Let's Go Deeper

What is Trauma Resolution Therapy?

Every form of treatment or therapy has certain use cases, which are instances when the therapeutic technique will offer a person some level of relief from certain symptoms or perhaps a strategy for working through mental and emotional distress. For example, cognitive behavioral therapy is a type of psychotherapy that seeks to identify the causes of maladaptive thoughts, beliefs, feelings, and behaviors so that the individual can apply strategies for overcoming these maladaptive cognitions. However, other types of treatment have much more specific focuses and offer the greatest benefits to individuals who suffer from particular types of distress. Trauma resolution therapy is one such form of treatment, offering those who have been victims of trauma a means of overcoming the lingering effects of their prior traumas.

Part of the efficacy of trauma resolution therapy is dependent on how the brain tends to store the memories of trauma differently and separately from other memories. Thus, when a memory of trauma is evoked, the person will usually begin to experience the mental and emotional distress that he or she had felt during the actual traumatic event; this is casually referred to as “reliving” the experience. Therefore, the goal of trauma resolution therapy is to sever ties between the memory of a traumatic event and the psychological distress the memory evokes; in other words, the ultimate goal of this type of treatment is to “resolve” the trauma so those thoughts of the traumatic event don’t cause profound pain and distress in the present.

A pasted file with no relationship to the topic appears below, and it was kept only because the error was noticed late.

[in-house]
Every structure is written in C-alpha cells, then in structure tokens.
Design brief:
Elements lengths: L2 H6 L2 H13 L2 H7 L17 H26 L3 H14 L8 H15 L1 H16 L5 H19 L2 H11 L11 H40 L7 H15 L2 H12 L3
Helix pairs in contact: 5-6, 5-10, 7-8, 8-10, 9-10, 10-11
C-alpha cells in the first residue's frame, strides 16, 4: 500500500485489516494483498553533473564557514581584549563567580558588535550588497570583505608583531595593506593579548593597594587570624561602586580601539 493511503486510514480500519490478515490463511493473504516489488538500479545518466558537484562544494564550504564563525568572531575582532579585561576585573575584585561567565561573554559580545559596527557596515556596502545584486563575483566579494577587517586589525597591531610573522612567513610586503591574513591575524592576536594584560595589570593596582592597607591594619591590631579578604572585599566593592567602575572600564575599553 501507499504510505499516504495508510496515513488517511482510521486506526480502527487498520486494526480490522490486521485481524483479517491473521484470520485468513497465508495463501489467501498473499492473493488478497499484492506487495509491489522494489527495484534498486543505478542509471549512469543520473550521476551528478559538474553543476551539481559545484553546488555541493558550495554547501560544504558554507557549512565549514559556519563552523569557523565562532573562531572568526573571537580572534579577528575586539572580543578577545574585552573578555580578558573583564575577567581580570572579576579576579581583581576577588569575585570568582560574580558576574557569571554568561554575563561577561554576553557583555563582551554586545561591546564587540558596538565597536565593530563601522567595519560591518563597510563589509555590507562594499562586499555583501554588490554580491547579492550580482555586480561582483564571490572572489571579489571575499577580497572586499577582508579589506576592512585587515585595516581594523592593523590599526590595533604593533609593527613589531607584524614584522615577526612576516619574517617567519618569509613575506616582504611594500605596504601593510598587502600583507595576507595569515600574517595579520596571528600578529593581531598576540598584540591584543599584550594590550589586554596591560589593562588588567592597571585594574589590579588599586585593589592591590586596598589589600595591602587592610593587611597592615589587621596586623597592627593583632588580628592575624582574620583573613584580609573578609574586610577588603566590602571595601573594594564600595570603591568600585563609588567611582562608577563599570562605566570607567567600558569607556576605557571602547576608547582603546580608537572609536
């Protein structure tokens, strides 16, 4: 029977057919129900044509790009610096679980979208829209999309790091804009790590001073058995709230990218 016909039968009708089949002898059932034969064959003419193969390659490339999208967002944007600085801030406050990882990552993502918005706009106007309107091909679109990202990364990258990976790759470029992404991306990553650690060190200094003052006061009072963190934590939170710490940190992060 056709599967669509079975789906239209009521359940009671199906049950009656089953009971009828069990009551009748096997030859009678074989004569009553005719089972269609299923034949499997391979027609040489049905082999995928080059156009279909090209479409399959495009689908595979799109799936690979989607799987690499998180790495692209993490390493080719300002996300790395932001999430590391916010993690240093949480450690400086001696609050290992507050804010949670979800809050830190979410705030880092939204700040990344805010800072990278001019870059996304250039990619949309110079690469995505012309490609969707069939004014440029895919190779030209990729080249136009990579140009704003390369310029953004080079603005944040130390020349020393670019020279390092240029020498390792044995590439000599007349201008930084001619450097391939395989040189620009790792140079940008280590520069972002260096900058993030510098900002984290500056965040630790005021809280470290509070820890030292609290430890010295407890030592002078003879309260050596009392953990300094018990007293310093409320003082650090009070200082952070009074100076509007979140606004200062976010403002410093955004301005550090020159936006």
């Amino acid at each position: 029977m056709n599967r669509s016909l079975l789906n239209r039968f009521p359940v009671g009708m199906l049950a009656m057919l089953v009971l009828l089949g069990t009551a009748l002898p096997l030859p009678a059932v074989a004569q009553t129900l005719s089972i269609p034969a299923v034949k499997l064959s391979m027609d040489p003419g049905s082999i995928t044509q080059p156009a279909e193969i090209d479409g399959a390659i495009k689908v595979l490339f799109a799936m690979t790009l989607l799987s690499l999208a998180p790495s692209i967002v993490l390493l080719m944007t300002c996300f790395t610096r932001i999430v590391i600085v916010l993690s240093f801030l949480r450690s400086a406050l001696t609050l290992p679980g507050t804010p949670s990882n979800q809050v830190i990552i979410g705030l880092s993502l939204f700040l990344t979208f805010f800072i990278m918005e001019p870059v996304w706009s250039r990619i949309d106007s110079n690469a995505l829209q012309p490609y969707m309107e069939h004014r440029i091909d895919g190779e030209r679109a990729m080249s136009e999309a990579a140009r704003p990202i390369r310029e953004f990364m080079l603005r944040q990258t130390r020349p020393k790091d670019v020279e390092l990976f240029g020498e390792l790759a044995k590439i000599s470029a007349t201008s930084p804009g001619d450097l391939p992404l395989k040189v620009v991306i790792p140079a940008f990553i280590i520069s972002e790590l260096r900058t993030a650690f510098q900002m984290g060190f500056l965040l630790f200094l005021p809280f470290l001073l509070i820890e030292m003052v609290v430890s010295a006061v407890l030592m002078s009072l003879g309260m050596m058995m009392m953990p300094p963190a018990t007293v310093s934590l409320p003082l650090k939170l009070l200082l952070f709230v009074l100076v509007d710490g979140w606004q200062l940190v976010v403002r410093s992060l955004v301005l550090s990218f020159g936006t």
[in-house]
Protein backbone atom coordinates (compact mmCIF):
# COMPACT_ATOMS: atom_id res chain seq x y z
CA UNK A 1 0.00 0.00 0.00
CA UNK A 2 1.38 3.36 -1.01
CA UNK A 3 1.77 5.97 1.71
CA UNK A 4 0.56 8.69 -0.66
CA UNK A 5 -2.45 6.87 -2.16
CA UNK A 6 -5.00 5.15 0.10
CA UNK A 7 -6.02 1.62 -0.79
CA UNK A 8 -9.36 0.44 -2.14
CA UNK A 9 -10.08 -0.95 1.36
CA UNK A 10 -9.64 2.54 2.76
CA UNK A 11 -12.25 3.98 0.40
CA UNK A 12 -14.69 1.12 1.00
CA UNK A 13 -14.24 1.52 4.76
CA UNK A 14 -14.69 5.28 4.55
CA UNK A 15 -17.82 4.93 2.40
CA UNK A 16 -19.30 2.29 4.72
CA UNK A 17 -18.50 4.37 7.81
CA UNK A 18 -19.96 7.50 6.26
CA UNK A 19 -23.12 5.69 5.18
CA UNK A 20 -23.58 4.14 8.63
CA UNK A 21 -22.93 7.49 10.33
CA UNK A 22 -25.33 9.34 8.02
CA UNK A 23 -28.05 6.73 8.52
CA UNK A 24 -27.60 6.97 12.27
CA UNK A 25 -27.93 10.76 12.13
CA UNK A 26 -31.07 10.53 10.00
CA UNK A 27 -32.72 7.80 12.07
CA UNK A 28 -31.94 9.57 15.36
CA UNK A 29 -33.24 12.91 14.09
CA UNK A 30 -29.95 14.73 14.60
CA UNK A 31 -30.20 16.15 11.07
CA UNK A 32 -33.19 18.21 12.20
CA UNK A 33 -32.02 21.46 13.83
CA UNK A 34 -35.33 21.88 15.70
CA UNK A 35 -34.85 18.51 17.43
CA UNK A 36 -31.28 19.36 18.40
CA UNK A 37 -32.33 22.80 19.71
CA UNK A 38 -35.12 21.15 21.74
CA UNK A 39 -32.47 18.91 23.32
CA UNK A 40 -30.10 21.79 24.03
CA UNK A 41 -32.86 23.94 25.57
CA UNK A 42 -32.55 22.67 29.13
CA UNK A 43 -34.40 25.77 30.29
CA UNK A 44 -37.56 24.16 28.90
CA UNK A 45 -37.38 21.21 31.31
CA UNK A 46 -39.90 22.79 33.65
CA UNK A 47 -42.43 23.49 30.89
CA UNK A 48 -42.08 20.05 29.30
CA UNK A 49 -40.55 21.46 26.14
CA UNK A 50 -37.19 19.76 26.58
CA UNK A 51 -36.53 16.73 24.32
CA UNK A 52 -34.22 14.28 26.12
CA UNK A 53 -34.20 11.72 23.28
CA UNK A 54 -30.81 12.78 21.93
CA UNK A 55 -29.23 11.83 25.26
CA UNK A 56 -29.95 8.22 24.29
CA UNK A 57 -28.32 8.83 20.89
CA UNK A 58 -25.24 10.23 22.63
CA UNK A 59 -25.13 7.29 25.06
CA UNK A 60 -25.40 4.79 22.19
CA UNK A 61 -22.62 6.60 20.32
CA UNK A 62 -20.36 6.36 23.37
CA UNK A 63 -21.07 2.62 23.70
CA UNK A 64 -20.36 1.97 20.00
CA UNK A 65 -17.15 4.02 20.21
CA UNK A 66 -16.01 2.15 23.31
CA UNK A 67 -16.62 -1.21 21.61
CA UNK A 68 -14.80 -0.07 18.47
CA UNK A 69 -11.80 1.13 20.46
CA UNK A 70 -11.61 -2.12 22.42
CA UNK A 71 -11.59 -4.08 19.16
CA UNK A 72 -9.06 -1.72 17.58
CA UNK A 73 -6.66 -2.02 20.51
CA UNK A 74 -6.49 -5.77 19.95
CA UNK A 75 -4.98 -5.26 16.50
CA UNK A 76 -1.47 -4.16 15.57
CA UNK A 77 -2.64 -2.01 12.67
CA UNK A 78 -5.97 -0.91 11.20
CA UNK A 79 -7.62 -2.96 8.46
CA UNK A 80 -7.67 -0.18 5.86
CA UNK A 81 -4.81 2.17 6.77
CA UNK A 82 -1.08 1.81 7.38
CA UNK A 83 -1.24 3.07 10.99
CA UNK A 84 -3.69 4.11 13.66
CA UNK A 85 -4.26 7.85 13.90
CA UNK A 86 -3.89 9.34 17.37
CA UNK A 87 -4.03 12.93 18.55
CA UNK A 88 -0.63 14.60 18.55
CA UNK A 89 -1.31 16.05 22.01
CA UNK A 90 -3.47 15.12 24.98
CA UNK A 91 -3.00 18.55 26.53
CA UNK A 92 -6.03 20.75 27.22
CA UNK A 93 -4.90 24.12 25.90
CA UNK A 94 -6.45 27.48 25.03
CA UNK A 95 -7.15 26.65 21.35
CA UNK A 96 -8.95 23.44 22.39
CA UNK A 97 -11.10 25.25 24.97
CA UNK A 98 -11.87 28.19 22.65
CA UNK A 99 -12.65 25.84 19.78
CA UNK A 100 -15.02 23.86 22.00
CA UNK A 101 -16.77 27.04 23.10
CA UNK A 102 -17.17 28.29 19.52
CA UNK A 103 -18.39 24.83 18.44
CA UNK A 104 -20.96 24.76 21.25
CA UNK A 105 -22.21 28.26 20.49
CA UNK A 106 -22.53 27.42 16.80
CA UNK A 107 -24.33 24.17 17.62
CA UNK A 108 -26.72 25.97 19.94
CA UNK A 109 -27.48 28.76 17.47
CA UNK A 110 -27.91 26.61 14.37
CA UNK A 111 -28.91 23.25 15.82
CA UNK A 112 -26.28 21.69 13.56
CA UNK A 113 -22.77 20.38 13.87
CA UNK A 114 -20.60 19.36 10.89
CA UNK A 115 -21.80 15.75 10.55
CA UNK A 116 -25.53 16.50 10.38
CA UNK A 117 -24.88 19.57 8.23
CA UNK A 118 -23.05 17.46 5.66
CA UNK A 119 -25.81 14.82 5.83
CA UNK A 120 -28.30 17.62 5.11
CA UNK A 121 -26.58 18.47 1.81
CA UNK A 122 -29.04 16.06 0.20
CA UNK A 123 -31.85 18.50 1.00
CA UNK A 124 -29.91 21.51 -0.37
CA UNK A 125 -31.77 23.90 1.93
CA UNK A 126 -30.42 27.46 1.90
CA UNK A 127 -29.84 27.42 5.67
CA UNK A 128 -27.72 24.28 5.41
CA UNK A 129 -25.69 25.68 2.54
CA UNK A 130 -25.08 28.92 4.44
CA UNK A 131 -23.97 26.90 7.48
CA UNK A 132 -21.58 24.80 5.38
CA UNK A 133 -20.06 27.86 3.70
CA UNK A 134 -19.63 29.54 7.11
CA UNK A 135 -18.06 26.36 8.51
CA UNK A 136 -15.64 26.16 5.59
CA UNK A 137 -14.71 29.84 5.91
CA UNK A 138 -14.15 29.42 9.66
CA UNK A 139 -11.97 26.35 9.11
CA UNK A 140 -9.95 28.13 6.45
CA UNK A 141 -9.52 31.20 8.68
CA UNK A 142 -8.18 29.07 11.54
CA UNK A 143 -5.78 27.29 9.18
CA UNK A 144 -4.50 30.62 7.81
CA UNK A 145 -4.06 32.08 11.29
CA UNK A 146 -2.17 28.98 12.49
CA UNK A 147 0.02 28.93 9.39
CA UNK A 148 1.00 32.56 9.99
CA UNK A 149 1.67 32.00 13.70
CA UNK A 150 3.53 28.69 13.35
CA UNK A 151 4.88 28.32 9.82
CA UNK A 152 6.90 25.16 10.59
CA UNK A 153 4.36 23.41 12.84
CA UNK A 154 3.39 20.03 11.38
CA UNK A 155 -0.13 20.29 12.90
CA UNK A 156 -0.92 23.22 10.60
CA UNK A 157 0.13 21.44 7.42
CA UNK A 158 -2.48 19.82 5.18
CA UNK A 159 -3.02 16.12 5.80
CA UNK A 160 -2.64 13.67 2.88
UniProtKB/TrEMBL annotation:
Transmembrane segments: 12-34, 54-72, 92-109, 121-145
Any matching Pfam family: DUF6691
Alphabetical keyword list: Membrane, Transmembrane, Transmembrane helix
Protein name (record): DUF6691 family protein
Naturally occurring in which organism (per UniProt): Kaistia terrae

How We Use Trauma Resolution Therapy at Serene Beginnings

Benefits of Our Trauma Resolution Therapy In Delray Beach

It’s currently estimated that 8 percent of all Americans will suffer from some type of post-traumatic stress disorder (PTSD) at some point in their lives. If that seems like a significant number, consider the current estimate that 34 percent of men and 27 percent of women who suffer from post-traumatic stress disorder also suffer from some type of addiction or substance abuse disorder. These statistics show that, even though there’s not a direct causal link between addiction and post-traumatic stress, there are certainly elevated rates of addiction among those who suffer from trauma than there is addiction in the general population. For this reason, trauma resolution therapy is an incredibly valuable tool for numerous people who are in recovery from addiction.

There are many benefits to trauma resolution therapy, especially when it’s used as part of an individual’s addiction treatment plan. Of course, the most obvious benefit is that it helps a person to process the experience of trauma so that it doesn’t continue to evoke pain and distress over the course of his or her life. But perhaps the most important benefit is that it helps to fortify or protect newfound sobriety by minimizing the likelihood that ongoing distress from past trauma will cause an individual to seek alcohol or drugs as a means of self-medication for that trauma in the future. In other words, with trauma and post-traumatic stress being a significant trigger for substance abuse, trauma resolution therapy can significantly decrease a patient’s likelihood of relapse.